On November 23, I led and organized one of the Global Entrepreneurship Week (GEW2019 DMV) event in the District of Maryland & Virginia, USA. The track which was titled Sustaining Entrepreneurship through Corporate Innovation & Intrapreneurship took a look at the concept of corporate innovation and roles of intrapreneurs in building and sustaining entrepreneurship. The session presented an opportunity to engage in meaningful conversations around the topic while experts/speakers shared and providing professional resources, tips, and knowledge needed to grow and accelerate innovation as entrepreneurs and intrapreneurs within and across systems. I have summarized the session take out here as follows.

Panel session with speaker and Abolaji Omitogun
Abolaji Omitogun hosting a panel on entrepreneurship & intrapreneurship

Intrapreneurs like entrepreneurs have the capacity to innovate, the level/environment in which the innovation happens and the risk appetite of the person (intrapreneurs & entrepreneurs) is what differentiates one from the other.

Caitlin O’Donnell “I like to think about intra- and entrepreneurship as enabling environments that make space for, encourage, and celebrate ALL voices and ideas” Inclusion and Voice. Intrapreneurship is only possible when individuals have an opportunity to influence the world around them – in this case, the world of work. As intrapreneurs, we are working in environments that have set processes and rules that affect us daily. Why should employees not have an opportunity to participate in developing those standards, have their opinions heard, and the power to influence the final process or guideline? – Making space for new ideas is inclusion.

During the session, we tried to find out the inspiration for transitioning from Intrapreneurship to entrepreneurship and why others choose to become and remain intrapreneurs within systems. The answers below broadly categorize the answers from the experts & panelists.

  • Curiosity: Curiosity sparked the idea to join a company as an intrapreneur, as an entrepreneur, curiosity about an idea lead to the formation of a company
  • Opportunity: Saw an opportunity to address a problem no one or previous organization wasn’t properly addressing. Opportunity to grow or scale and be financially empowered by leveraging skill, expertise & experience
  • Passion about pursuing something of interest, cause or an idea or do things differently
  • Impact: Saw an opportunity to make an impact

We also sought to find out what skills (Soft Skills, Life Skills, Non-Cognitive Skills) employers were particularly looking for? and in understanding the right combination of skills an employee needed to become intrapreneurial.

Table 1: Source, Making Cents International

foundational skills that are applicable across the board in workforce development. Making Cents International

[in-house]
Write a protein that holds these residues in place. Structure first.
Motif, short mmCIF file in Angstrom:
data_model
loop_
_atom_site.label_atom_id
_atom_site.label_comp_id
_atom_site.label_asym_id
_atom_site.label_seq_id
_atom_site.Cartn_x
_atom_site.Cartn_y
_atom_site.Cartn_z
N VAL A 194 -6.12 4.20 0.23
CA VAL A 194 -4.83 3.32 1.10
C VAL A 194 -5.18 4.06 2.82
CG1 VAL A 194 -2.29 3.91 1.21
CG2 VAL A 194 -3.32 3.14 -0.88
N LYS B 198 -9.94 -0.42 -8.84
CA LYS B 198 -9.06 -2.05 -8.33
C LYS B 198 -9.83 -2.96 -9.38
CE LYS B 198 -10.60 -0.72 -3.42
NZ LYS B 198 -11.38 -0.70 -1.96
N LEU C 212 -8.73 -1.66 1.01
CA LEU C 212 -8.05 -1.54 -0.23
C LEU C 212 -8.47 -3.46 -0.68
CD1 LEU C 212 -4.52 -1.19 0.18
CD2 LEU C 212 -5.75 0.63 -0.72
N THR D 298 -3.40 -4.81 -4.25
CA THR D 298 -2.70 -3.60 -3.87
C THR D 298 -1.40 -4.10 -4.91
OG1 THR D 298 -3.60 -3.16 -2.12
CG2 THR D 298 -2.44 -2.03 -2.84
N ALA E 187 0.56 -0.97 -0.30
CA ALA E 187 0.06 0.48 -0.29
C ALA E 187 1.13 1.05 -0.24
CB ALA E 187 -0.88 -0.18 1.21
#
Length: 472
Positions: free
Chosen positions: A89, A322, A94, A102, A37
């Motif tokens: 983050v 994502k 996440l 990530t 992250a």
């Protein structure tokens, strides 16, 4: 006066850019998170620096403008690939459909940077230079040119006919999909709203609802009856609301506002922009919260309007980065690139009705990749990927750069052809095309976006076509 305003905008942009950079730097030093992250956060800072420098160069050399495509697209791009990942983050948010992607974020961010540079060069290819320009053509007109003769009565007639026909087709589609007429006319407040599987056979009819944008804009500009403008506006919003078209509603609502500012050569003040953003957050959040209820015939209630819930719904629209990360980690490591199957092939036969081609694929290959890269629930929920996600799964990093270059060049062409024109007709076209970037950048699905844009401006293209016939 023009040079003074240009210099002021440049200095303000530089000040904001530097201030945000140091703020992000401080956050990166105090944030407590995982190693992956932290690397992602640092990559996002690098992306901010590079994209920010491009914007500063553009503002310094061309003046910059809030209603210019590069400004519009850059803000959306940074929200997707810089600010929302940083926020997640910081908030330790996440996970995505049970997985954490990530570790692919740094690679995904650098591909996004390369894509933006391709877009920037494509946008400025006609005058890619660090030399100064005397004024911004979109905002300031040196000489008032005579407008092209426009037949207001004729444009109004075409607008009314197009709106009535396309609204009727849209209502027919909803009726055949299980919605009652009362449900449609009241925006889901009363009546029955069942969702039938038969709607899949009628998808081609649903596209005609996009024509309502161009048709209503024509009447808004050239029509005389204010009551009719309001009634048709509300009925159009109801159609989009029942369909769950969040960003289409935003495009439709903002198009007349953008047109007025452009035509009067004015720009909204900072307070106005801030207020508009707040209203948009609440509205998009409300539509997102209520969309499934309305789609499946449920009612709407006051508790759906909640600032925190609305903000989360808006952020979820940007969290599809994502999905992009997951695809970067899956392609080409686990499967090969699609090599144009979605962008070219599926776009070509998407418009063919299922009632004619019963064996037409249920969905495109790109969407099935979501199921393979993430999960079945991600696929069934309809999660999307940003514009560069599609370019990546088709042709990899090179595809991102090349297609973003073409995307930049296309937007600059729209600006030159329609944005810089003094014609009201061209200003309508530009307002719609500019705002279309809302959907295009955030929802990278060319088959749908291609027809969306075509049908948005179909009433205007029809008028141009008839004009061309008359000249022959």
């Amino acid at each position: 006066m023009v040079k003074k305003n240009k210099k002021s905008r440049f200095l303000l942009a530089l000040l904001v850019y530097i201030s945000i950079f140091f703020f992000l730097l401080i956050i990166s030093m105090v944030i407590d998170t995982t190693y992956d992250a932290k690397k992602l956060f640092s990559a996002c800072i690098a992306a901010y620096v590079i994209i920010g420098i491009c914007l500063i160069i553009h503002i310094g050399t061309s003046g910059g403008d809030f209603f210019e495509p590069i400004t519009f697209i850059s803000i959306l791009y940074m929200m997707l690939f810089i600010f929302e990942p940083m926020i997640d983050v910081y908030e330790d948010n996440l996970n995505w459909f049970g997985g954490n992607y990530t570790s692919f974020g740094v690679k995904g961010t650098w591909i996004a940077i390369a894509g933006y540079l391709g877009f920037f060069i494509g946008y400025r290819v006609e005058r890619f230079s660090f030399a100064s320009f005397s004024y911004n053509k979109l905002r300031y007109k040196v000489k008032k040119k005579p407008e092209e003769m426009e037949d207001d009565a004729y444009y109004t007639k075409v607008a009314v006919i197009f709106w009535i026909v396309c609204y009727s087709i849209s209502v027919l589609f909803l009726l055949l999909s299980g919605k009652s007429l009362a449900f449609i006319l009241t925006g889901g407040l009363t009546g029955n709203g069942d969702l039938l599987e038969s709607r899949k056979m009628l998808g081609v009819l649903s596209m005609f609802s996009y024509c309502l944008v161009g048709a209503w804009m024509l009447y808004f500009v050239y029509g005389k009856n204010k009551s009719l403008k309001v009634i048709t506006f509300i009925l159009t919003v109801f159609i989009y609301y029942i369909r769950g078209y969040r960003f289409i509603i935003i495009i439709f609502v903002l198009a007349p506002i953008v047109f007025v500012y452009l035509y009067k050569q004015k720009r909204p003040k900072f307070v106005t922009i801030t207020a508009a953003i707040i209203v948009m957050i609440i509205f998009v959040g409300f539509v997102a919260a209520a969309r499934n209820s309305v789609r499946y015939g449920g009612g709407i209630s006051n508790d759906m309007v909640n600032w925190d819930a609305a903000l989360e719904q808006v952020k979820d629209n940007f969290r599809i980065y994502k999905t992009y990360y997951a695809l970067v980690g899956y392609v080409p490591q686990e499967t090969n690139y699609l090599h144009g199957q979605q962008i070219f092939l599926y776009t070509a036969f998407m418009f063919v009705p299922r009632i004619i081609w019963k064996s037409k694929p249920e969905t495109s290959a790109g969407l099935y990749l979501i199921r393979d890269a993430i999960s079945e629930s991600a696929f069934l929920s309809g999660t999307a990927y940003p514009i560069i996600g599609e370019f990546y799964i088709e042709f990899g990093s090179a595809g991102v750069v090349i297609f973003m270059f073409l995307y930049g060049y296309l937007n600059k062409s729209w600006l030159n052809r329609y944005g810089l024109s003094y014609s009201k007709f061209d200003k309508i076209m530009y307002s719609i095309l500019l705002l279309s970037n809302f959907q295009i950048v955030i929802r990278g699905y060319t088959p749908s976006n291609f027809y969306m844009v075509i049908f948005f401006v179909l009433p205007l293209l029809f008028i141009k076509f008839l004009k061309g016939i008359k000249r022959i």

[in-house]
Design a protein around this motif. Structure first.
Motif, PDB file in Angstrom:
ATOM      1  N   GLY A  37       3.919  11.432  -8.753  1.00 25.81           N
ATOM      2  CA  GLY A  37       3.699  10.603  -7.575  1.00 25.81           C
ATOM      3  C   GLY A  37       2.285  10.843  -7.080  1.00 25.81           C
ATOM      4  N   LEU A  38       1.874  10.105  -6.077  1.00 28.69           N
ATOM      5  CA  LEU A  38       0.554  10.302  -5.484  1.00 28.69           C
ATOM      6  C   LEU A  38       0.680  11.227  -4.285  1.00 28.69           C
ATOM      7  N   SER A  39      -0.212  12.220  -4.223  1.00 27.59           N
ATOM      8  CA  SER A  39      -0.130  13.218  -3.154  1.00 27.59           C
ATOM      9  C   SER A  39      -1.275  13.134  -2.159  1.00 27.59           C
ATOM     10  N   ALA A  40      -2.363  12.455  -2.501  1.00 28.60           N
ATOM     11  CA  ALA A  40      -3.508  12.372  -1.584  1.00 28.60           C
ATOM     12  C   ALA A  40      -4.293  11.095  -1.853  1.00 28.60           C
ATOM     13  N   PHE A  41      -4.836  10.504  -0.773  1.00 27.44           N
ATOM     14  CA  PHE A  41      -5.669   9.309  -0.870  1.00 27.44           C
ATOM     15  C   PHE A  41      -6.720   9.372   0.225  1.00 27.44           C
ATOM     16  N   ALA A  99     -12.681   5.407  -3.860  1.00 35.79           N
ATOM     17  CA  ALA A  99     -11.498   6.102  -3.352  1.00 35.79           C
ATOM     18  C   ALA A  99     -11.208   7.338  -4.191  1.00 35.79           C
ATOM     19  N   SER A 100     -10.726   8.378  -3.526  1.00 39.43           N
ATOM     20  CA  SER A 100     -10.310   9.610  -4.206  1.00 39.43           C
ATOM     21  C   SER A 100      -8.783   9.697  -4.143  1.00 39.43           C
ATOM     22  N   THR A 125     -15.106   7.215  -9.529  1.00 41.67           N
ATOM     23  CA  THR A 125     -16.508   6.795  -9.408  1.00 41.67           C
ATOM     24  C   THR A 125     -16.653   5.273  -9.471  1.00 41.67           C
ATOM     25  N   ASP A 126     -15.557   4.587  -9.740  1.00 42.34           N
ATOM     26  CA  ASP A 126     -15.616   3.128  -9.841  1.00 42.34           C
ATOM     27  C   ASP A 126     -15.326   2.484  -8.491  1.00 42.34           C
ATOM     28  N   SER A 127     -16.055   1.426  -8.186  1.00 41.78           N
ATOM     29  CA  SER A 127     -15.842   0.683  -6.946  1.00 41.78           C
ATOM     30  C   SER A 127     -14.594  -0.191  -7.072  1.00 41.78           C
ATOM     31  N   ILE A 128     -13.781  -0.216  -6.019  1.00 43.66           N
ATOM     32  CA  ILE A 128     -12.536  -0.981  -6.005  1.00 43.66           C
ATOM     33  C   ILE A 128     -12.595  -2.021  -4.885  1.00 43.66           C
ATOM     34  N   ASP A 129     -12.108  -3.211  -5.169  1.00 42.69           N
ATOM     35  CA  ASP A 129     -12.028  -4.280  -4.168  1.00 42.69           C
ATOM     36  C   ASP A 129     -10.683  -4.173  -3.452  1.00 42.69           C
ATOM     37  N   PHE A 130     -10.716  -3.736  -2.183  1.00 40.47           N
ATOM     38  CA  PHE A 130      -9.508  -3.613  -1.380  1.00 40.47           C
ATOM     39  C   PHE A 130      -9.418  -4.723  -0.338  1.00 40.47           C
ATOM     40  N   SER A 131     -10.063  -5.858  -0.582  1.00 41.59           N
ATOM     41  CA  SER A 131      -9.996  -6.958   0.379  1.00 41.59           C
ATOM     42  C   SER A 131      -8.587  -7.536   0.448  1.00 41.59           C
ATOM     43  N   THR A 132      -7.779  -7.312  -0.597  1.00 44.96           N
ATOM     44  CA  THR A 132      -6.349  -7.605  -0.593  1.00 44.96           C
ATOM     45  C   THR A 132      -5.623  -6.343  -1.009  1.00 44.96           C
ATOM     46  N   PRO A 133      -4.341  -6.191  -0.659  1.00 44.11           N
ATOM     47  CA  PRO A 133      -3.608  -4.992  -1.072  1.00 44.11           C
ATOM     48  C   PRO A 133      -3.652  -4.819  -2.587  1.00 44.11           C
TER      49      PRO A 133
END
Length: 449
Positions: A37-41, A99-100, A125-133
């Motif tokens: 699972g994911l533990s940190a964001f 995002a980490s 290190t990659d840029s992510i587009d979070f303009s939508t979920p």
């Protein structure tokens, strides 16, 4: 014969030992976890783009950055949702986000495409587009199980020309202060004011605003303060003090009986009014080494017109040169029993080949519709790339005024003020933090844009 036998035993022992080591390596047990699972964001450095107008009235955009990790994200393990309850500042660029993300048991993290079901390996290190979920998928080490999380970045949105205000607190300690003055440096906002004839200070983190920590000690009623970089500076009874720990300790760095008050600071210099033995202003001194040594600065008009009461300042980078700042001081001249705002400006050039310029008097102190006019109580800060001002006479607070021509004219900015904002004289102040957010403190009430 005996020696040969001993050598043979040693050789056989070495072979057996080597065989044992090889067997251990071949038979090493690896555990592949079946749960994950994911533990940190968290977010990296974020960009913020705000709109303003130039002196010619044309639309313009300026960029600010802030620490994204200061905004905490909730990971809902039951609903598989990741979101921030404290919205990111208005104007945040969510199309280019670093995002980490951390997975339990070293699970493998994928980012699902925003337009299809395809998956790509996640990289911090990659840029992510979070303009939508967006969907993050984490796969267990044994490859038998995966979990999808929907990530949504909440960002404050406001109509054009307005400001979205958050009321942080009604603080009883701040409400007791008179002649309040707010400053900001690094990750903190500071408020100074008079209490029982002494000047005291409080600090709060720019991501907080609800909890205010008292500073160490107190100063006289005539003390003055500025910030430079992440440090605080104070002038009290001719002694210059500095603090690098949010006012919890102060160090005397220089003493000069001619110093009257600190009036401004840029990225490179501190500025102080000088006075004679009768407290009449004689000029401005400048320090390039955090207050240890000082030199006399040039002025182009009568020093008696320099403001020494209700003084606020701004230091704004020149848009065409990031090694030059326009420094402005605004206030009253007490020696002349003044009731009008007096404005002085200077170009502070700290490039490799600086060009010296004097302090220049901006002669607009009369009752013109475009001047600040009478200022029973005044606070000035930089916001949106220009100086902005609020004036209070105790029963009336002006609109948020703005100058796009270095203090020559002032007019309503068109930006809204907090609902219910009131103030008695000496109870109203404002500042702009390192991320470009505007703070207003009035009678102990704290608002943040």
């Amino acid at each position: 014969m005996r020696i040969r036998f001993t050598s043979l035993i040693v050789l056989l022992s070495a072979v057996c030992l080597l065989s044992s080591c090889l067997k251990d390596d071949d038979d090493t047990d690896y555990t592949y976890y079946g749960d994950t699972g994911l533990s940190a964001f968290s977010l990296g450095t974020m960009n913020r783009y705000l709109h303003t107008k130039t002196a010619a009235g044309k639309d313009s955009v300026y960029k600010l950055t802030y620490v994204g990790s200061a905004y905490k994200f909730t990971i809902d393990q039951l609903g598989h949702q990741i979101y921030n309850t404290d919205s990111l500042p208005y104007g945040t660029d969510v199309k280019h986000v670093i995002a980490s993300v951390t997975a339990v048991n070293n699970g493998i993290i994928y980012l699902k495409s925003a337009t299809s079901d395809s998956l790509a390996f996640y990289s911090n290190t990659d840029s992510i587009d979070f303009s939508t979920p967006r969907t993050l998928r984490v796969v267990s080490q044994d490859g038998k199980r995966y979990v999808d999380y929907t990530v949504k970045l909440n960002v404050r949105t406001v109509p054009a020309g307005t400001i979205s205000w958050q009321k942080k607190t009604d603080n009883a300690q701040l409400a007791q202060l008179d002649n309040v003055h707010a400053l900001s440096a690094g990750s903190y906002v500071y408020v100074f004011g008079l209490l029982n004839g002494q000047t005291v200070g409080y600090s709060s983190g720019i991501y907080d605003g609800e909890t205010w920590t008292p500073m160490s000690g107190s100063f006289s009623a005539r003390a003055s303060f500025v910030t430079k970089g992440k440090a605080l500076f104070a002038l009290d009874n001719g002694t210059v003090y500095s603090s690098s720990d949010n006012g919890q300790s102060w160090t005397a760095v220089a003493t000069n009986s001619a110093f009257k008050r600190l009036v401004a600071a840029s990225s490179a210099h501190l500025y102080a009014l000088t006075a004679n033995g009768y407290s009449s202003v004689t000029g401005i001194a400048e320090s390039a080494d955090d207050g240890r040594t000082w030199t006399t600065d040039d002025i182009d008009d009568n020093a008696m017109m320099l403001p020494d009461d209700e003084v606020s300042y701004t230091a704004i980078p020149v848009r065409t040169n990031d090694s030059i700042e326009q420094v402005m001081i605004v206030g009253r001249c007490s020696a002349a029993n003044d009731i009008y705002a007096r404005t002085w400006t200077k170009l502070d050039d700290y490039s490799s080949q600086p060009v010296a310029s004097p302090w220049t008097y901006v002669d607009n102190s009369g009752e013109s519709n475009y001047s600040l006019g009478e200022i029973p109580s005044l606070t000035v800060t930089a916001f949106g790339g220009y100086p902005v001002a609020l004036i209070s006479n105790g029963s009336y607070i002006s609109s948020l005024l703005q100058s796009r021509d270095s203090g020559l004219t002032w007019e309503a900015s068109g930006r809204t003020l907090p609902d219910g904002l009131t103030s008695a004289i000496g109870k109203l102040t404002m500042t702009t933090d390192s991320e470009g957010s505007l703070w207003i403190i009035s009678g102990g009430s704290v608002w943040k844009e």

foundational skills

Table 2: Source, Making Cents International

Employability Vs Entrepreneurship skill

Table 1 shows the various combination of skills needed by the employee to gain employment into the workforce while table 2 show the skill sets needed to thrive within the workplace and be able to successfully navigate the changing world of work. An intrapreneur just like an entrepreneur possesses the combination of both employability and entrepreneurship skills sets. The combination of this skill sets is what makes and intrapreneur standout from the crowd.

Panel session with Shusanna
Shushana (AtlasCorps fellow hosts a panel

We also asked attendees to share their experiences on the challenges or barriers to intrapreneurship they are aware of. The following summarizes some of the challenges/barriers attendees shared.

1.      Silos/inclusion effects within organizations

  • Organizations did not engage or include their employees in the innovation process and showed no desire to engage. Others that engaged or included their employees restricted the task of innovation to a small unit or department e.g. R&D unit.
  • Another barrier to intrapreneurship is misaligned employer-employee goals and objectives that sometimes causes both parties to operate in different dimensions of understanding 
  • Employees also expressed that organization that lacked mission, vision and value statements or unable to communicate those well risked being unable to tap into its employee’s creative or innovative capabilities.

2.     Policies, Organizational culture and practices. Leadership receptiveness, organization bureaucracy and resistance to change play a huge role in enabling employees to innovate within systems. Attendees mentioned that the policies and actions of employers must reflect support for innovating within systems. An example is when organizations lay full claim of the ownership of an employee’s ideas while being an employee of the company. This approach is rather intimidating and as pitfalls for innovating rather than reflect support. It was suggested that employers put in place policies that recognize and reflect support, collaboration, equitable stake, and other inclusive win-win approaches to innovating within the organization.